Your point of sale (POS) system is the gateway through which the most crucial avenues of your business run. A POS that works efficiently, with maximal uptime, payment flexibility, and security is of the utmost importance to your business.
But how can you tell when your POS is at risk? In most instances, the onboard software that comes with the system may not be sufficient for ensuring Payment Card Industry (PCI) compliance.
PCI compliance requires maintaining a set of standards developed by the PCI Security Standards Council to ensure consumers receive a certain degree of protection when they pay for goods and services at retail locations. To prevent a set of patchwork rules that would leave the current retail market looking like the Wild West, these data security standards help instill consumer confidence and provide businesses with the guidance necessary to protect their customers.
Your POS has a central role to play in ensuring these standards, but the basic protections that come along with a POS system don’t take into account all the precautions a restaurant or retailer must take to protect consumers.
Point of Sale Monitoring involves a variety of different tools and tactics aimed at protecting the sanctity of customer data.
Transactions receive a basic level of encryption if you’re using one of the major providers of POS systems. But it’s important to realize that this traffic is transmitted alongside other forms of internet traffic that may not receive the same level of encryption and is at higher risk of tampering.
The best way you can protect your POS system is by ensuring the network it sends financial data through is segregated from all other traffic. Have you ever been to a restaurant and pulled up your WiFi settings to find there’s one single network for all traffic to pass through, and it’s unlocked? Although it’s possible the POS network could be hidden from guest traffic, it’s far more likely that restaurant hasn’t taken the necessary precautions to separate the two data streams.
The way you do this is through programs that let you create wholly separate networks for different types of traffic. Typically, that can mean a highly secure network for your POS system, another network for basic employee internet traffic, one for operations such as accounting, scheduling, etc., and finally a basic network for guest traffic.
Doing this lets you more easily monitor traffic for potential incursions. It’s easy to identify when something is amiss with your POS network because you have a strong idea of the types of patterns and usage you see in a given day.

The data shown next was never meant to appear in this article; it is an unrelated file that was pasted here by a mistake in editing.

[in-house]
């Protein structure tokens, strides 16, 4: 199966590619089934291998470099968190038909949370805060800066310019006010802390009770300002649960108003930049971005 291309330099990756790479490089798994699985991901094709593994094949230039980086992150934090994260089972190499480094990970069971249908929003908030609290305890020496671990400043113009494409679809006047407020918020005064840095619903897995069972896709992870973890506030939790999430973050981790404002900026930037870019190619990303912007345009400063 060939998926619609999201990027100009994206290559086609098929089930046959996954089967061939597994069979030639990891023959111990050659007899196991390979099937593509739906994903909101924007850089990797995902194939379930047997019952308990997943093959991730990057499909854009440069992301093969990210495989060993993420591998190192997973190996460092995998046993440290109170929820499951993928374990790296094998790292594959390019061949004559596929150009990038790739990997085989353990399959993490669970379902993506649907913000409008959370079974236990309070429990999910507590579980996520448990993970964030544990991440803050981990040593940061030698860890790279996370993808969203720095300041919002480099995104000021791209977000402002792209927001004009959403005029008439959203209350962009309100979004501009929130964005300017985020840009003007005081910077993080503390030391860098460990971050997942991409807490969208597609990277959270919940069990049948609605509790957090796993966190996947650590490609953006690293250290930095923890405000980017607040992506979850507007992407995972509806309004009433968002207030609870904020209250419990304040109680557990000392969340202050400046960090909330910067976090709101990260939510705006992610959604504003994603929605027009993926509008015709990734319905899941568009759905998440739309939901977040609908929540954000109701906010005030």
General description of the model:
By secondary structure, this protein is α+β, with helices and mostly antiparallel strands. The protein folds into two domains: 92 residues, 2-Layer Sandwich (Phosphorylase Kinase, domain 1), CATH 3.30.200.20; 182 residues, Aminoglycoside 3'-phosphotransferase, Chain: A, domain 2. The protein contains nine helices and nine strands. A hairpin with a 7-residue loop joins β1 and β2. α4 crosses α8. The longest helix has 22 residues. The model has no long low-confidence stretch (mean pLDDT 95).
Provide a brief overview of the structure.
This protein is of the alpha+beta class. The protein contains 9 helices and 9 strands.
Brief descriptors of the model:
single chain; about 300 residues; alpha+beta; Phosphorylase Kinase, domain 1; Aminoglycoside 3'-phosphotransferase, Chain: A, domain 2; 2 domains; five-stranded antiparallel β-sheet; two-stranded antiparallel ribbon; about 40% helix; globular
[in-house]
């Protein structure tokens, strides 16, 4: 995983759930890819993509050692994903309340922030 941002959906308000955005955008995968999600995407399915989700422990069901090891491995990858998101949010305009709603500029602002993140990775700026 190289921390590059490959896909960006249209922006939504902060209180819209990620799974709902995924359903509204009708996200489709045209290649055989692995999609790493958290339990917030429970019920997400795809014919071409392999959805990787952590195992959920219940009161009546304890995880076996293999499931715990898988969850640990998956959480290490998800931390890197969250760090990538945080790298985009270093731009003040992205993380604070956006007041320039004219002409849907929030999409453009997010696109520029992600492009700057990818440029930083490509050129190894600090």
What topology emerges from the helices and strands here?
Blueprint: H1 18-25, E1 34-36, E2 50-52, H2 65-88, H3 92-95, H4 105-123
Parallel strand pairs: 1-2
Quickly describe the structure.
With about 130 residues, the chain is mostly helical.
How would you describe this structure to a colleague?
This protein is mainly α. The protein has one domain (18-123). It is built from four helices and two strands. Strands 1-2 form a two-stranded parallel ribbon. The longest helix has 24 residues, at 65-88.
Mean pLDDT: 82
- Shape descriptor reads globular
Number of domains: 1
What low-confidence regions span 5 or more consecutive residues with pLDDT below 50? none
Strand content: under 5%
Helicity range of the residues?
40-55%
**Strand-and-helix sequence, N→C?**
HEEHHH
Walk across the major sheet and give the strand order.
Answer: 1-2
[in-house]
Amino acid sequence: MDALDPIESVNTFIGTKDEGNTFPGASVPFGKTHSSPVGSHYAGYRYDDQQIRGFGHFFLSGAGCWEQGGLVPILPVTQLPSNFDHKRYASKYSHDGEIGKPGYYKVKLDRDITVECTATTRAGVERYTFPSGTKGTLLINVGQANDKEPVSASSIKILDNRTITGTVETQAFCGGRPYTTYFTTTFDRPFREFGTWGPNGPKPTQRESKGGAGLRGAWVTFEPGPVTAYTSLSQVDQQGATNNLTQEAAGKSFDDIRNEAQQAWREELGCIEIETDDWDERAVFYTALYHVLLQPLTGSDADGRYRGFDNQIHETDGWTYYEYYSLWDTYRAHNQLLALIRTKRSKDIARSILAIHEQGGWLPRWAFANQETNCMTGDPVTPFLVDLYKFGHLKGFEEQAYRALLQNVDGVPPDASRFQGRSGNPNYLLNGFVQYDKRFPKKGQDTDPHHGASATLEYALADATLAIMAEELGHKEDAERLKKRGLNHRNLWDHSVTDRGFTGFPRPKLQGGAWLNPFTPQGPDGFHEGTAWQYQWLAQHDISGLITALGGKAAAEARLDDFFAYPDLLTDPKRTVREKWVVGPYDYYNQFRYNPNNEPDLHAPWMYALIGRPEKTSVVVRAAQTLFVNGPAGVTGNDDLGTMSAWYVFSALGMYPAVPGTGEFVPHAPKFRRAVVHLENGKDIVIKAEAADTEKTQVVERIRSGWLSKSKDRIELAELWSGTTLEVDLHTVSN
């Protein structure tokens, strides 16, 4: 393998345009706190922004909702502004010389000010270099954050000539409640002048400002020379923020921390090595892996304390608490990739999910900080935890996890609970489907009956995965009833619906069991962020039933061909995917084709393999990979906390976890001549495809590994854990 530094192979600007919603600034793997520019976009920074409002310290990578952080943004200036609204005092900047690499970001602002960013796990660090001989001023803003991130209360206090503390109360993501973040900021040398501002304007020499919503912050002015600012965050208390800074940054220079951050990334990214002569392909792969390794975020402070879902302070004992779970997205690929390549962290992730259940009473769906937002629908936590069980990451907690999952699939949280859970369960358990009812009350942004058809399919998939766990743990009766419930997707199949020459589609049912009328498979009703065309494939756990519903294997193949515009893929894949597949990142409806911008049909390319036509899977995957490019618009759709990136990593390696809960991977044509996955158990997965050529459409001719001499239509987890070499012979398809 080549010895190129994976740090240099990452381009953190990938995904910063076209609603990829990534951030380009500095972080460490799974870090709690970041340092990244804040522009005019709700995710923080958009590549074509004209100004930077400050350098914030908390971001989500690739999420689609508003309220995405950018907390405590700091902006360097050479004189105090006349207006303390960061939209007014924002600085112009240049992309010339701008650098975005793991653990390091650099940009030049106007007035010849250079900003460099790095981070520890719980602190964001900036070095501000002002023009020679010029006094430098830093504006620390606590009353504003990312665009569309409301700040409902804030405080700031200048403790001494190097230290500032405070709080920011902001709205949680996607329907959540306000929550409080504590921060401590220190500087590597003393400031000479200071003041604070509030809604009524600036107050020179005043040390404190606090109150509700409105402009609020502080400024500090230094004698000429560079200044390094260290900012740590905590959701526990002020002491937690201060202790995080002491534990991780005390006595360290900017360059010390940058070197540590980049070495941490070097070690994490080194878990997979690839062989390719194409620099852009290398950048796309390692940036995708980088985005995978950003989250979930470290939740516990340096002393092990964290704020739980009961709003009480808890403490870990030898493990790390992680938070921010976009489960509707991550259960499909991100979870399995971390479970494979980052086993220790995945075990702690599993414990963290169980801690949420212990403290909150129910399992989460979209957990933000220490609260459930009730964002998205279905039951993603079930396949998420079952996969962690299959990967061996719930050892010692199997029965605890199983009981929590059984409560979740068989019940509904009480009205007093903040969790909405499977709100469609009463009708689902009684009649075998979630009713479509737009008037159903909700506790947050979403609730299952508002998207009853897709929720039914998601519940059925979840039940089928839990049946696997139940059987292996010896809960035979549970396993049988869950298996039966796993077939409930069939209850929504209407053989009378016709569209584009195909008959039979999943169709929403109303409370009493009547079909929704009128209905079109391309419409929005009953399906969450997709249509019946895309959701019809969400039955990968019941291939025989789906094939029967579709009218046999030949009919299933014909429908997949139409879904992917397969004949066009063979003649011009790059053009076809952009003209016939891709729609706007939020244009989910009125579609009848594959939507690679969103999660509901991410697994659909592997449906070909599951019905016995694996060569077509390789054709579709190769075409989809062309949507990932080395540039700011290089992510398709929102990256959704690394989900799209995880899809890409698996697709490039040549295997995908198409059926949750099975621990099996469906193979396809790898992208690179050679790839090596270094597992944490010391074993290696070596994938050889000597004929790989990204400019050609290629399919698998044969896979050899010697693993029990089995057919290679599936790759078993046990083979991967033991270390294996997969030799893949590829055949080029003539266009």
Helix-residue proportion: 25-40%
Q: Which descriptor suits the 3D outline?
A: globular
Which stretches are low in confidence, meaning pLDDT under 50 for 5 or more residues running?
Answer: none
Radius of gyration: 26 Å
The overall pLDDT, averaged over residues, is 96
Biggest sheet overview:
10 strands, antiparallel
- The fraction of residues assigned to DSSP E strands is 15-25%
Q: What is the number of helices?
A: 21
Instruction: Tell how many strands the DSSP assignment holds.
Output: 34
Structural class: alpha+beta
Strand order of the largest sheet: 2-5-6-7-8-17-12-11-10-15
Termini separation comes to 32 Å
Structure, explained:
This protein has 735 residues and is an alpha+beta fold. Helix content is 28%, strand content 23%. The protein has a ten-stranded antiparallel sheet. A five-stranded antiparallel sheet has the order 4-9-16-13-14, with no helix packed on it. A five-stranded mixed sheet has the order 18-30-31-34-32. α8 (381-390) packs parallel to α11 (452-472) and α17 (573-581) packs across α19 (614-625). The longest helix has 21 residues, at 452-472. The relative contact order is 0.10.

You also want software that can carefully monitor for spoofing and can alert you when, for instance, a network suddenly appears within range of your store that says something seemingly innocuous, like ‘Guest WiFi,’ but is in fact not operated by you and is an attempt to gain access to your employees’ and customers’ devices.
Who has access to your POS system is just as important to monitor as the traffic that passes through the POS system.
When shutting down for the day, you should have a documented process in place to log out of all systems and, if your POS exists on a tablet or other mobile device, store those systems somewhere secure. You should also document who can unlock these systems and the process they should follow to do so.
The number of people who have these unlocking and access privileges should be limited only to those who have a demonstrated operational need to do so. This should be emphasized through two-factor authentication, providing a secondary level of protection if an employee’s pin or password were to be intercepted by someone who shouldn’t have it.
When you have access locked down exclusively to those whose interactions with a POS serve a legitimate business need, it becomes much easier to track POS usage and take note of any irregularities. For instance, if you see a sign-on from an employee who you know for a fact had called in sick that day, you have an indication that the access was fraudulent in nature.
Carefully monitoring employee POS usage also sets you up to notice patterns of behavior that could indicate fraud. If your accounts keep coming up short of where sales indicate they should be, and you can trace that pattern back to one employee’s activity, you’ll be set up well to investigate those incidents, forming conclusions based on a trail of digital breadcrumbs.
Finally, any thorough monitoring of your POS system will require software to verify the security of the device and its onboard applications.
While a POS should typically come with some form of antivirus software installed, you’d do well to install a secondary antivirus program to provide another degree of protection. Ideally, your anti-virus and cybersecurity software would integrate not just with the POS system, but with everything of a digital nature related to your business.
In order to quickly identify threats and act upon those threats, you want software that quickly shows the state of your operational systems at each location. A best-case scenario is a single pane of glass solution that highlights the most important areas in an intuitive dashboard that’s easy to parse.
More than just monitoring, you want software that puts up an additional firewall, which is another barrier to potential incursions into your POS system. And when a threat is detected, you want the ability to quickly segment that threat from all other networks and digital traffic, protecting your POS and your other business operations.
When you have this level of monitoring in place, you can be confident your POS is as secure as it can possibly be.
To learn more about POS monitoring that can protect your business from a breach, contact Logic Shield. Our software helps businesses gain control of their cybersecurity like never before. We’ll even provide a free gap analysis to help you identify areas of potential improvement.